3. With all do respect Luke if I started passing out contact info for the people in hiring at any airline I’d probably find myself unemployed or at least friendless. There are channels to getting hired but before anything you must get your licenses and ratings then build your time. At that pint you can apply to a Regional and start your career. Once you’re at a Regional you can begin to do some networking will help you in the future. Now is not the time to be contacting anyone.

Adam

Thank you Adam,
1)Could you tell me what those other vendors may be?
2)Great link thank you Adam
3) I understand your point

Most airlines use one of the products from Jeppensen or Lido. Again though I really think your cart is on Rte 66 while your horse is still asleep in the barn.

Adam

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hahah, Thanks Adam. I like to overload myself with information and learn about the aviation path. The more I know now the better I can prepare myself after college while going through ATP flight program.

Ok? I’m no one to tell anyone else what to do. I just feel your time, energy and brain storage would be better spent on things more relevant to where you are. Studying or reading about aerodynamics or even human factors in flying are things that will benefit you throughout your career. Knowing what software an airline may or may not be using? Not sure where that fits in?In fact, while I could tell you Hawaiian is currently using Lido I couldn’t tell you much more about it. To quote my instructor who was actually from Airbus “you turn it on and it works and that’s really all you need to know about it”.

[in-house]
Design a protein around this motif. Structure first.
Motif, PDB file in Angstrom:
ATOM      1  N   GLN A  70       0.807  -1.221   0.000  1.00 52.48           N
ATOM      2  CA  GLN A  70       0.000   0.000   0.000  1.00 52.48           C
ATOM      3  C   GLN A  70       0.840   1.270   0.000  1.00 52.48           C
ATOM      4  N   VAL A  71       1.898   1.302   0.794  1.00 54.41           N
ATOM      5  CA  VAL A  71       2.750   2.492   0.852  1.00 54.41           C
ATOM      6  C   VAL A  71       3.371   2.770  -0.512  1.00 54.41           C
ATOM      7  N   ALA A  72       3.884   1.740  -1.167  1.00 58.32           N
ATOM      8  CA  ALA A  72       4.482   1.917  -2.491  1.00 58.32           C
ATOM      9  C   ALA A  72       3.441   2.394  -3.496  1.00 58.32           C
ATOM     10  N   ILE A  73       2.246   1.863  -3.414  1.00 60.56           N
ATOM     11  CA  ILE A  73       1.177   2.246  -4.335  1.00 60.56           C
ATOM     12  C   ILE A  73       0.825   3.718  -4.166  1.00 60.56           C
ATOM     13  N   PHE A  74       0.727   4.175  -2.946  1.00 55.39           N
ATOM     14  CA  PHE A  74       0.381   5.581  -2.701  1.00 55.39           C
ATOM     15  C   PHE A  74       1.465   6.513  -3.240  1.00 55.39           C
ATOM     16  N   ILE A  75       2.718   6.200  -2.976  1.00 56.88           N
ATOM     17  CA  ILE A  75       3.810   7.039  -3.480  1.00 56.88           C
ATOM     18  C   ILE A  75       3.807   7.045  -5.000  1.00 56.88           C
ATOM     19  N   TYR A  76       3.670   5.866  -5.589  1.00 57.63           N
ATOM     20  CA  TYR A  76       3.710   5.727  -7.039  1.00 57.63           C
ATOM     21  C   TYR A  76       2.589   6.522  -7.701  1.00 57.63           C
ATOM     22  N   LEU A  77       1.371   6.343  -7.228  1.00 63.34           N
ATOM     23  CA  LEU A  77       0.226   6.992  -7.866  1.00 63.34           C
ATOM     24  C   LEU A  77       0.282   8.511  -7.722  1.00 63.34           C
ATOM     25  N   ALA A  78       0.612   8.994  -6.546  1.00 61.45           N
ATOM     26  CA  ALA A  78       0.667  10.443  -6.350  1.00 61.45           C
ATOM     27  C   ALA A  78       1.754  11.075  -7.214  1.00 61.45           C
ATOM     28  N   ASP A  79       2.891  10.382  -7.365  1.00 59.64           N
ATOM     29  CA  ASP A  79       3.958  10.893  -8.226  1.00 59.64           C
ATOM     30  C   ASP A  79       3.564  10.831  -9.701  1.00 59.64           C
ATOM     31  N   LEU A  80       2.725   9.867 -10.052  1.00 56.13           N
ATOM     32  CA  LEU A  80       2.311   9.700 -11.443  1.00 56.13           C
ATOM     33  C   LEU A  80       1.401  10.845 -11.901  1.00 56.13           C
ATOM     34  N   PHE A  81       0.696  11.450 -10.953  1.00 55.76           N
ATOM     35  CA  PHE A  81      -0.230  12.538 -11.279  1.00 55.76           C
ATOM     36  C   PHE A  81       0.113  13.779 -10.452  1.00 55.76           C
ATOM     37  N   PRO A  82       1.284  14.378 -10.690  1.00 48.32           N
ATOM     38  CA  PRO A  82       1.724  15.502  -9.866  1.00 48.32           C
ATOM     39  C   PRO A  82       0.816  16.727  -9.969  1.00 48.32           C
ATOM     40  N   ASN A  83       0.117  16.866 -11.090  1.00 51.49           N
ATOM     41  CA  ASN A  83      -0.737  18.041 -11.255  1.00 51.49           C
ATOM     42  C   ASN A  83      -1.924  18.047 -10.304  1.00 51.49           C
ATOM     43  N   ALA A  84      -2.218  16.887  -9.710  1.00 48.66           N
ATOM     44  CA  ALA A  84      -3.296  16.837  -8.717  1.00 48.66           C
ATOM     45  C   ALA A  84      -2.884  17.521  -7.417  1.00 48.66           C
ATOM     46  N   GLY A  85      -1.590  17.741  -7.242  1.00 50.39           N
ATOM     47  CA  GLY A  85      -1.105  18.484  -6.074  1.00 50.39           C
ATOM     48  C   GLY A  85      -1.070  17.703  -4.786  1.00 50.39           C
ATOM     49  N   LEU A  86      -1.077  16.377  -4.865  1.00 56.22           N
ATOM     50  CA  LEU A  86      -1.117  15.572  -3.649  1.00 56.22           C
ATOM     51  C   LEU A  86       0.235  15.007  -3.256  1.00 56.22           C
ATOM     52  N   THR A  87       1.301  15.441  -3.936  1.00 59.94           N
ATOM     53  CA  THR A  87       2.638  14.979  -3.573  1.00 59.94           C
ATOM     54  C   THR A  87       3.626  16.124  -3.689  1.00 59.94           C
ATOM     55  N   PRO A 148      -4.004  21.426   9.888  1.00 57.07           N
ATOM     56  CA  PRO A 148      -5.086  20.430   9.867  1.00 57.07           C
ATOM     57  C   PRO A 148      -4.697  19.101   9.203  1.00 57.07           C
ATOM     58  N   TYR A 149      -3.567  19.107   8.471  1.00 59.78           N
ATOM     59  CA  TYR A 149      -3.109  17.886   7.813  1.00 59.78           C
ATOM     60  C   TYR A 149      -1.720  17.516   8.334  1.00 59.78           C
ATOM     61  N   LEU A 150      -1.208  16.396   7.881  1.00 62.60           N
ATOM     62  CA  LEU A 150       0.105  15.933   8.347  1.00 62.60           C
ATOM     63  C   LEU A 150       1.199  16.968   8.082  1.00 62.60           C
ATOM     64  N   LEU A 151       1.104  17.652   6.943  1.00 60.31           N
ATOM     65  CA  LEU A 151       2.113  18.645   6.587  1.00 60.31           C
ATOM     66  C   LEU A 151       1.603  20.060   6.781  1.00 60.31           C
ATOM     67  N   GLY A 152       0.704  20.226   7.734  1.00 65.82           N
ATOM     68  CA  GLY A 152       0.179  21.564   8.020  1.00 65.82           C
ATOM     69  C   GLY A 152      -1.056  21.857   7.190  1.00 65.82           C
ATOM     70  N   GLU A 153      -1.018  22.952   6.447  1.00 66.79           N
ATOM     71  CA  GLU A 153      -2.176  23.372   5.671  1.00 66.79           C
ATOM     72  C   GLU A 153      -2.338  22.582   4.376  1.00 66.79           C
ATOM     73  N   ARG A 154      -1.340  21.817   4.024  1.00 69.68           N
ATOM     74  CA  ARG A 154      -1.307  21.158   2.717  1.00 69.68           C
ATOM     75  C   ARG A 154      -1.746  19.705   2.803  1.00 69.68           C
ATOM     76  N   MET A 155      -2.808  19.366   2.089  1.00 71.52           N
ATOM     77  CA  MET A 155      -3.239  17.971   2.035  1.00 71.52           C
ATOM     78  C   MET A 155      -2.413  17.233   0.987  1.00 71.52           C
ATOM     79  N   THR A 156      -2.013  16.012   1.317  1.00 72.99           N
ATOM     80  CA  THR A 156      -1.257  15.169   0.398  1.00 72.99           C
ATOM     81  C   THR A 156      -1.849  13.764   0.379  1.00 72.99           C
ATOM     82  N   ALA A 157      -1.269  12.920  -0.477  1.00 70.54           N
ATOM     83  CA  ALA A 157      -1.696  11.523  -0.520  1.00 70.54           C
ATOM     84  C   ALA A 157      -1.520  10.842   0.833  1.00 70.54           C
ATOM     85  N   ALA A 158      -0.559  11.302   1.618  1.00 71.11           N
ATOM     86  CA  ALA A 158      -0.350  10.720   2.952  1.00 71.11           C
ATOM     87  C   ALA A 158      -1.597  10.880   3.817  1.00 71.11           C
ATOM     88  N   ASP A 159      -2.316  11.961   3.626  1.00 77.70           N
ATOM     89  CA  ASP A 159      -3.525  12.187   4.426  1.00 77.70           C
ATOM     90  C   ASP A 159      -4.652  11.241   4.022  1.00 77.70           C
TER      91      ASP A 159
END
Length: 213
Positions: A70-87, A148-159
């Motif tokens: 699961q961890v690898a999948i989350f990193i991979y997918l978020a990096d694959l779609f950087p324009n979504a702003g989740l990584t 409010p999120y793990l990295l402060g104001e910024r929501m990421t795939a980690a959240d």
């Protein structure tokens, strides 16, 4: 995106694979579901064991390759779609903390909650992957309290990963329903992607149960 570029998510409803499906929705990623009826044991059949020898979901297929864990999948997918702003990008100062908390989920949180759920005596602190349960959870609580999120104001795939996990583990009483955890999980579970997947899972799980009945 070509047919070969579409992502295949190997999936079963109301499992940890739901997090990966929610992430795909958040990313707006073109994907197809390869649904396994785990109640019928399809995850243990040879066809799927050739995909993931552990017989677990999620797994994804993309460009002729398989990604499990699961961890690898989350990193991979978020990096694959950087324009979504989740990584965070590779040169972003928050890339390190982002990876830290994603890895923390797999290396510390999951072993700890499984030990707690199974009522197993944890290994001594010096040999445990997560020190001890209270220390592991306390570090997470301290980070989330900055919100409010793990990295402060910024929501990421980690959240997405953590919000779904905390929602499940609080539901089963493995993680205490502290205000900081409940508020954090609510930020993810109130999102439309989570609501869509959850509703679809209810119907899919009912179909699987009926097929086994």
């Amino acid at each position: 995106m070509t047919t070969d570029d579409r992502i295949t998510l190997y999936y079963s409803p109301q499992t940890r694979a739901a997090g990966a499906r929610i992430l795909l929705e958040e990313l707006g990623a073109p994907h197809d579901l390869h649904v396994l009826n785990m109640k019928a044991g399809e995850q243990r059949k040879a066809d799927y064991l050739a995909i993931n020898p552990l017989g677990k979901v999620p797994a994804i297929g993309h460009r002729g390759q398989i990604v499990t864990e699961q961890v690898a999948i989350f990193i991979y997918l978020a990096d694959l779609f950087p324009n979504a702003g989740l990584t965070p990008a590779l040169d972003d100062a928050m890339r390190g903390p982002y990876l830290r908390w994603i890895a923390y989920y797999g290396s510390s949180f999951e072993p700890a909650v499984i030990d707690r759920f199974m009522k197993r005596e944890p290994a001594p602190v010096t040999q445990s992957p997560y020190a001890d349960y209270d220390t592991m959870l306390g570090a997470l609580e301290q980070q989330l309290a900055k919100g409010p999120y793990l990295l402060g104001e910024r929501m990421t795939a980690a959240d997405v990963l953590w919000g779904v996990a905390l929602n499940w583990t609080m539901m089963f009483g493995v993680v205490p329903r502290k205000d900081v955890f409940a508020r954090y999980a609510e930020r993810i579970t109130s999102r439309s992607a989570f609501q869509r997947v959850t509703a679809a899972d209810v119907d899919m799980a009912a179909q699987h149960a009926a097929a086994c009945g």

Adam

alright, I will be my studying into aerodynamics and human factors. Adam what is your position in the commercial airlines?

Adam I really appreciate your advice. I think you bring a good point, Im just an excited aviator and Im graduating shortly from college. I am just ready for ATP school

Luke,

I’m an Airbus A330 First Officer and a Ground Instructor with Hawaiian Airlines.

No worries Luke. Excited is a good thing. Work hard and you’ll get there… just relax a little :slight_smile:

Adam

Adam,

That is awesome, how long have you been working for Hawaiian ? I live in Texas so I’ve not heard a pilot work for Hawaiian, why did you choose them? did you apply for other airlines as well?

Luke,

I’ve been with Hawaiian for 4 yrs and couldn’t be happier. I chose Hawaiian for a number of reasons. It’s the oldest Major in the US but it’s also the smallest which I like. With all of the consolidation most of the Majors have 10,000 plus pilots and it’s easy to become lost and just a number. Working in an environment where everybody knows everybody is something I enjoy. Even though it’s a public corporation most of the employees are local Hawaiians and they take a great sense of pride in the airline which I also appreciate as well. Finally one of the best features at Hawaiian is the fact that they have both Interisland and Worldwide operations. What that means is you can fly Interisland and be home every night or if you want to fly heavies all over the globe you can do that too. As I said I’m very happy here.

No, I knew for a while this is where I wanted to be and Hawaiian was actually the only airline I applied to. Fortunately I was able to get my first choice.

Adam